IANH members have agreed to develop specific tools and testing protocols and to perform a set of round robin experiments to lay the foundation for reproducible testing of nanomaterial biological interactions and toxicology. The alliance will establish protocols that can be shared with other researchers and foster experiments to evaluate correlations between in vitro testing and toxicological interactions in mammals and aquatic animals. These reproducible nano-biological testing protocols should enable better assessment of potential biological interactions of nanomaterials and improve correlations between in vitro testing and outcomes in animals, humans and the environment.


'/>"/>

Contact: Vicki Colvin
colvin@rice.edu
713-348-5741
Rice University
Source:Eurekalert

Related biology news :

1. UK scientists working to help cut ID theft
2. Scientists show that mitochondrial DNA variants are linked to risk factors for type 2 diabetes
3. Comet probes reveal evidence of origin of life, scientists claim
4. Scientists link fragile X tremor/ataxia syndrome to binding protein in RNA
5. Male elephants get photo IDs from scientists
6. Scientists retrace evolution with first atomic structure of an ancient protein
7. Muscle mass: Scientists identify novel mode of transcriptional regulation during myogenesis
8. Carnegie Mellon scientists develop nanogels that enable controlled delivery of carbohydrate drugs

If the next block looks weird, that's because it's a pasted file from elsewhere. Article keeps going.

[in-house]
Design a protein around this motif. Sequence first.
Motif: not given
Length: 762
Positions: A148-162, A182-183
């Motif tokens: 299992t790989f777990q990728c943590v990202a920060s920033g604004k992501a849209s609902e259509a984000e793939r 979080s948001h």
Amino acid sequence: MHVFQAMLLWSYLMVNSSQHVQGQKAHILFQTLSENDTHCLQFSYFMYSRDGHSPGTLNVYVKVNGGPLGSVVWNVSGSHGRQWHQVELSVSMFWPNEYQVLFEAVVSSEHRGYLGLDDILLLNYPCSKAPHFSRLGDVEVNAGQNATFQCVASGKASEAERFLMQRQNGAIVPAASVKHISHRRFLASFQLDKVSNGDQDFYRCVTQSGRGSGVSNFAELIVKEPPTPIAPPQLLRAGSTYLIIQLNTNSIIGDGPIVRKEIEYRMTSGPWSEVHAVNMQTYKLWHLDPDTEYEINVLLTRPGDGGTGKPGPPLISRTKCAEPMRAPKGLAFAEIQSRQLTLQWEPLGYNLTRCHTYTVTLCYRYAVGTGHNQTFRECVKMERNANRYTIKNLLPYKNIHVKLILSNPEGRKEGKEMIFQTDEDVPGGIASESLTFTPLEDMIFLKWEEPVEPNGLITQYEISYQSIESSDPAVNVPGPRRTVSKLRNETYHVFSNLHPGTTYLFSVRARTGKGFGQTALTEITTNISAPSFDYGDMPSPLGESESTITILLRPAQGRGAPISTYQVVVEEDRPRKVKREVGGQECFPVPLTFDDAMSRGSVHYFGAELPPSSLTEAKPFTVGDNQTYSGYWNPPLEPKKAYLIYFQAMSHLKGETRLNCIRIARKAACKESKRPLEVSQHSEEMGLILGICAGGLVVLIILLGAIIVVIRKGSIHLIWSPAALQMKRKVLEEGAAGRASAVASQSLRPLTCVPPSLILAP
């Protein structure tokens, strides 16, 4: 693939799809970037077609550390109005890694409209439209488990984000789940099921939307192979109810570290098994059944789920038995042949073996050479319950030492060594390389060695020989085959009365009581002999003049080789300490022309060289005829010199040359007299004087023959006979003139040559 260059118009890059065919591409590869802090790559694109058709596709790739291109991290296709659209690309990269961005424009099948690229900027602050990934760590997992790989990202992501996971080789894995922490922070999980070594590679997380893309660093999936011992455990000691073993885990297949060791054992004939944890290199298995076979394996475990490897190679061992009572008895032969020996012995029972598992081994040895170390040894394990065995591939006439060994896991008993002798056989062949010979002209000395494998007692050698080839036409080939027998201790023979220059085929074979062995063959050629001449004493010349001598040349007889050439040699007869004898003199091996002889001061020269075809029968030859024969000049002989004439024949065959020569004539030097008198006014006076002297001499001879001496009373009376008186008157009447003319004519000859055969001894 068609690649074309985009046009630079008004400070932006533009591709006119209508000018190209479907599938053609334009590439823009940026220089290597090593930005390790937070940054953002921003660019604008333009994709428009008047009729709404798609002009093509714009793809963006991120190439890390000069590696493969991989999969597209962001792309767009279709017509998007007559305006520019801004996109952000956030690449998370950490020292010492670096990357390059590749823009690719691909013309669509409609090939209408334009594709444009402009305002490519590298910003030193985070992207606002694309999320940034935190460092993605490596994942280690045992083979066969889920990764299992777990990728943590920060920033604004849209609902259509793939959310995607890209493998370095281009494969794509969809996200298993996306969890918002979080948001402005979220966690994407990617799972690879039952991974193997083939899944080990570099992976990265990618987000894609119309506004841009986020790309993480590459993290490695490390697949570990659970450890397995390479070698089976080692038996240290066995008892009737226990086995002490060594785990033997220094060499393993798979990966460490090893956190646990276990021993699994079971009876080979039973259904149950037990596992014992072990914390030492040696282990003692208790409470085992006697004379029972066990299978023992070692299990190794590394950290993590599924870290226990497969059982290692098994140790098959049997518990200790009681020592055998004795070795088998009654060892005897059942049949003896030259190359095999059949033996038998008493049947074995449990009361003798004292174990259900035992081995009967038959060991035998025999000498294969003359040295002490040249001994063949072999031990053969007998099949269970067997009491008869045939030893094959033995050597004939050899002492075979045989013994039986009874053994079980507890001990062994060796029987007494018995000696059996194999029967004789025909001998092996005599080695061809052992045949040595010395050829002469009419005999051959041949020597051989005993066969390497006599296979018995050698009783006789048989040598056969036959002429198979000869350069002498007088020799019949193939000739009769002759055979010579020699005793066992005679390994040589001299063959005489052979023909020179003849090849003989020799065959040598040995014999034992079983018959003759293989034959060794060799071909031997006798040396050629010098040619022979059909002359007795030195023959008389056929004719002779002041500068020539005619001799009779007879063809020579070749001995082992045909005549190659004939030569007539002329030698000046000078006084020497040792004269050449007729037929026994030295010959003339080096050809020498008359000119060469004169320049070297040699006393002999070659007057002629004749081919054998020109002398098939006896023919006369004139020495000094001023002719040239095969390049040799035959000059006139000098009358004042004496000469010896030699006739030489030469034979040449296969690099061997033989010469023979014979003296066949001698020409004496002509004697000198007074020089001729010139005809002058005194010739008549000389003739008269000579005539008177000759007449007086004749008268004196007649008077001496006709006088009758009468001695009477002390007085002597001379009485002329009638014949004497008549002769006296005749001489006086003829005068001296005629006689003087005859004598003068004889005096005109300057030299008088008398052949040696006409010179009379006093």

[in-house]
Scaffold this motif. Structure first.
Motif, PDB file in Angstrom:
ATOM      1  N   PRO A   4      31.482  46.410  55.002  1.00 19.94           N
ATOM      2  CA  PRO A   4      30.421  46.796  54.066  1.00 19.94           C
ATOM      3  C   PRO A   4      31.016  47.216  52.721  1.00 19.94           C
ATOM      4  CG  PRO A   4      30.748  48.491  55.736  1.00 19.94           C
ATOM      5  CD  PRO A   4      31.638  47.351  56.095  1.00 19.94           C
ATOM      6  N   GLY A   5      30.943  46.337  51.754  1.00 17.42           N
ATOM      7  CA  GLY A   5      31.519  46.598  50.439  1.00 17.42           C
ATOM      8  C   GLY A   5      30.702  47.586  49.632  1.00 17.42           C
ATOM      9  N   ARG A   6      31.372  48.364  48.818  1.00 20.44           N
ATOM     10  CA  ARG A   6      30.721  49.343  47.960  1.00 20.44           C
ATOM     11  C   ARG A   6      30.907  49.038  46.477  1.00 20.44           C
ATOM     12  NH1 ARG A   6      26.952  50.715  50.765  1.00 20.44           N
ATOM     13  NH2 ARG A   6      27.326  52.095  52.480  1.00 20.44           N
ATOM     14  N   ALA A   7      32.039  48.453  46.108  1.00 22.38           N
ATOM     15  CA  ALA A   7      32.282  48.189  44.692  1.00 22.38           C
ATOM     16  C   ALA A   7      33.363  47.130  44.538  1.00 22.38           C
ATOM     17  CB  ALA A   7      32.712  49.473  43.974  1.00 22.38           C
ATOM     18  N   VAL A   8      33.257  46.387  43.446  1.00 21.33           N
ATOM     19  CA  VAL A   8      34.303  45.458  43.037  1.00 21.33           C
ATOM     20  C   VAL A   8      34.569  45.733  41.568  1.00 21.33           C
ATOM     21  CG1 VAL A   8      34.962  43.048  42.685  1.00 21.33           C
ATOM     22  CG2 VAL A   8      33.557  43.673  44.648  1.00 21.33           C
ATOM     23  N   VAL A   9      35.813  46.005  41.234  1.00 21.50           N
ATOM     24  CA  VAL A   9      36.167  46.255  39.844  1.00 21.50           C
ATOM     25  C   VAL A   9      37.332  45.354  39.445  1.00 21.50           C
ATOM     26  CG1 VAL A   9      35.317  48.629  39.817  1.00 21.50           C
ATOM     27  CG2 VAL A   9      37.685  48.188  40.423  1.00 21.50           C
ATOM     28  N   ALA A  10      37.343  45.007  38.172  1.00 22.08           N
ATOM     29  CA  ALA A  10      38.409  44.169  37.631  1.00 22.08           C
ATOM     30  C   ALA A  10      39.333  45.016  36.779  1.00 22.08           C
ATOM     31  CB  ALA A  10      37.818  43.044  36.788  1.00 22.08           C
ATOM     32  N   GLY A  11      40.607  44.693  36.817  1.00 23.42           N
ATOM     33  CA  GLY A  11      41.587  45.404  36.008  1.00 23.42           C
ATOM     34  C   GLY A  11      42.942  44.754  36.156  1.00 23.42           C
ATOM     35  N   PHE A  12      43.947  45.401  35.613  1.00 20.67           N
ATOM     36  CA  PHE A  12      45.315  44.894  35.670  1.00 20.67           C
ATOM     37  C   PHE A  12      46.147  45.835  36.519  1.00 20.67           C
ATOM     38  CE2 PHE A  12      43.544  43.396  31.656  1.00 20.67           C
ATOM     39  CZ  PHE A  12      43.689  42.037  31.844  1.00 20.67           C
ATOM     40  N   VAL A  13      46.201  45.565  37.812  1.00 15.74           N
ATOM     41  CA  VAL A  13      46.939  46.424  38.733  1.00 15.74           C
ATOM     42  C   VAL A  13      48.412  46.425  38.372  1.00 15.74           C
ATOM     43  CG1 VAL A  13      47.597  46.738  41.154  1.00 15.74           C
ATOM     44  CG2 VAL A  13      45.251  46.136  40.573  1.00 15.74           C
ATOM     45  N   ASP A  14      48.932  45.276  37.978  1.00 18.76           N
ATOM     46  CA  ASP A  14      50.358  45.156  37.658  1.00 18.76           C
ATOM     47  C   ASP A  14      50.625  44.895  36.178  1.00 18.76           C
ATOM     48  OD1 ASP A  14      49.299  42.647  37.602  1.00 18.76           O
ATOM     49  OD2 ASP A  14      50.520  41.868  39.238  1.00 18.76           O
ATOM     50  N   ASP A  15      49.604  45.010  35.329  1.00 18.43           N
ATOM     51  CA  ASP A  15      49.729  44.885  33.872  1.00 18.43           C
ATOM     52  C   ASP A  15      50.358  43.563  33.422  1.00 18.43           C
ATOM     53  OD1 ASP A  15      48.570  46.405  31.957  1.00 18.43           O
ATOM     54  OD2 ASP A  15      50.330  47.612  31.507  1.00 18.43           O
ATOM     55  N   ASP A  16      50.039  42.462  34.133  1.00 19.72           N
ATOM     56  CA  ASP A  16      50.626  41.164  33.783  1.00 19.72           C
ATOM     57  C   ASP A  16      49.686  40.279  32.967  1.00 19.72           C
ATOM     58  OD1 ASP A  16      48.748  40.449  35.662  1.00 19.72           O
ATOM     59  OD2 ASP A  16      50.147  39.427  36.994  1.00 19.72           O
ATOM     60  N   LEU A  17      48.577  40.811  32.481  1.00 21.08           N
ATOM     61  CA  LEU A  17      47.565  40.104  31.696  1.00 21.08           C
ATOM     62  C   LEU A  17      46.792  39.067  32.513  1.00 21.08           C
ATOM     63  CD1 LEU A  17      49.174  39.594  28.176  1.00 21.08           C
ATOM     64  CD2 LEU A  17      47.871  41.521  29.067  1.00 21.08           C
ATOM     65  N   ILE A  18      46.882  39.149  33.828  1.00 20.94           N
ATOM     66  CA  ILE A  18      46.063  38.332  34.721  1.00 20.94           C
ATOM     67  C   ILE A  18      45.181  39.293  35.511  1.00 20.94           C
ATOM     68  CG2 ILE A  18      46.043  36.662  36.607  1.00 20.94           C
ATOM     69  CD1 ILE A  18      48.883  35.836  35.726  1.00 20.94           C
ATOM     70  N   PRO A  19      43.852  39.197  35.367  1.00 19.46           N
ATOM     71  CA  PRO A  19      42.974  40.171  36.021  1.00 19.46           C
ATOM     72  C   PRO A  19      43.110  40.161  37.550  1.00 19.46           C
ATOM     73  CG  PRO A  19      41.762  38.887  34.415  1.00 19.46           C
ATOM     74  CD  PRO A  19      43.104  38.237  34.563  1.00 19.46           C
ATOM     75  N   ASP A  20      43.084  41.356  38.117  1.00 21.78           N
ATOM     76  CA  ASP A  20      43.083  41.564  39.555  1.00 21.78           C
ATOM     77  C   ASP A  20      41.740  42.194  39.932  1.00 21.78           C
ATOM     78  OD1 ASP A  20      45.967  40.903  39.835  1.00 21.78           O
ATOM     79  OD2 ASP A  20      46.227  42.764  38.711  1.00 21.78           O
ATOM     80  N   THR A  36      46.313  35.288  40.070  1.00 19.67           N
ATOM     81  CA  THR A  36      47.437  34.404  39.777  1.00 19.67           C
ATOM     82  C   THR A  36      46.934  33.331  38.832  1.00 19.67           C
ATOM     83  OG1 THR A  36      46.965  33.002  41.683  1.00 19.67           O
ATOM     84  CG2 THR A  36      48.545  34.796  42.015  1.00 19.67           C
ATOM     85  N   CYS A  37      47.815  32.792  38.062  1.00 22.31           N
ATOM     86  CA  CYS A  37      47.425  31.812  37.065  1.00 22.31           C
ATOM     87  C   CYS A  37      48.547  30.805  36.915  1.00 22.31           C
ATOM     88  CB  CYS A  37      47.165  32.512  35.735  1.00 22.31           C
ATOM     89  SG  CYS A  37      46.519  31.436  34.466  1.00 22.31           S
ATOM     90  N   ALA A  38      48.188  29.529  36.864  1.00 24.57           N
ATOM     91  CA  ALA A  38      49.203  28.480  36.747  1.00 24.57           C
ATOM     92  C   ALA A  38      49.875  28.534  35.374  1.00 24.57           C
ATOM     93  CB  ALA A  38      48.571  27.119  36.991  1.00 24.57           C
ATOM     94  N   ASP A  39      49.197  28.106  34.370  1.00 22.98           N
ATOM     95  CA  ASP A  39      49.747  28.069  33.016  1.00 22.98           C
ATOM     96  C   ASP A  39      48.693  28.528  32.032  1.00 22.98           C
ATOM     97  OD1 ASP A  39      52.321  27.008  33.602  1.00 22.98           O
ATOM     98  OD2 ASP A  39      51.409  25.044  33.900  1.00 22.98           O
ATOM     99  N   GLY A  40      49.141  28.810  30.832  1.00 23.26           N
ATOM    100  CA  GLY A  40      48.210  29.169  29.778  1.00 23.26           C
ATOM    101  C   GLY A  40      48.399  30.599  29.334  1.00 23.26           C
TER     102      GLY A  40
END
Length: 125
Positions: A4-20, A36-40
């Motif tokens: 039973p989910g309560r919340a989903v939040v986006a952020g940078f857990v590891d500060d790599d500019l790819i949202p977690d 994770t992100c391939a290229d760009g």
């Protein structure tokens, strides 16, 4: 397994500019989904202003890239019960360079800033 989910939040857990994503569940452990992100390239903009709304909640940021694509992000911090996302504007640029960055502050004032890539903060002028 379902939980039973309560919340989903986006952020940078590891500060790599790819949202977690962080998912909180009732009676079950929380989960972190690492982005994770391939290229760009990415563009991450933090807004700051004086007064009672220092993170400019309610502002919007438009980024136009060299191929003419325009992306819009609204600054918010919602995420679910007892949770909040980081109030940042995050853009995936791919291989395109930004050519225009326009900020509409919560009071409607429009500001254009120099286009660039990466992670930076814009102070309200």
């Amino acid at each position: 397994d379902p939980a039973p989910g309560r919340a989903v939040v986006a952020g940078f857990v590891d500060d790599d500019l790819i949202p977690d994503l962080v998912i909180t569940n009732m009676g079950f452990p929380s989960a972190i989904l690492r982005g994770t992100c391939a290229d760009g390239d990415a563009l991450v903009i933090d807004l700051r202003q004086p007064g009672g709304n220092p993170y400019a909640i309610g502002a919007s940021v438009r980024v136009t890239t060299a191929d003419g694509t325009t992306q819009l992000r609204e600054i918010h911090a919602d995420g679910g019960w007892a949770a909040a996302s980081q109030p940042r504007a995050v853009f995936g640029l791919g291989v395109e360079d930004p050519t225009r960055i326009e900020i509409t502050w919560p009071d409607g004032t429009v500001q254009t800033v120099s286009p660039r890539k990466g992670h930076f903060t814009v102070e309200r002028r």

9. Clemson scientists shed light on molecules in living cells
10. Scientists tackle mystery mountain illness
11. T. rex quicker than Becks, say scientists
Post Your Comments:
*Name:
*Comment:
*Email:
(Date:3/14/2016)... Florida , March 14, 2016 ... the growing mobile commerce market, announces the airing of a ... channels starting the week of March 21 st .  The ... CNBC, including its popular Squawk on the Street show. ... focused on the growing mobile commerce market, announces the airing ...
(Date:3/10/2016)... , March 10, 2016 ... new market research report "Identity and Access Management Market ... Audit, Compliance, and Governance), by Organization Size, by Deployment, ... 2020", published by MarketsandMarkets, The market is estimated to ... 12.78 Billion by 2020, at a Compound Annual Growth ...
(Date:3/9/2016)... , March 9, 2016  Crossmatch ® , ... enrollment solutions, today announced the addition of smart ... Altus multi-factor authentication platform. New contextual and ... to step-up security where it,s needed most — ... Washington, DC . --> ...
Breaking Biology News(10 mins):
(Date:5/24/2016)... , ... May 24, 2016 , ... ... diabetes, and traumatic injuries, will be accelerated by research at Worcester Polytechnic Institute ... engines of wound healing and tissue regeneration. , The novel method, developed by ...
(Date:5/24/2016)... Jolla, CA (PRWEB) , ... May 24, 2016 , ... ... financial planning for corporate executives and entrepreneurs, held The Future of San Diego Life ... in the San Diego life science community attended the event with speakers Dr. Rich ...
(Date:5/23/2016)... (PRWEB) , ... May 23, 2016 , ... The need for blood donations in South ... week by the South Texas Blood & Tissue Center, blood donations are on the decline. ... years, and they are down 21 percent in South Texas in the last four years ...
(Date:5/23/2016)... -- Zimmer Biomet Holdings, Inc. (NYSE and SIX: ZBH), a ... of Directors has approved the payment of a quarterly cash ... The cash dividend of $0.24 per share will ... of record as of the close of business on June ... of the Board of Directors and may be adjusted as ...
Breaking Biology Technology: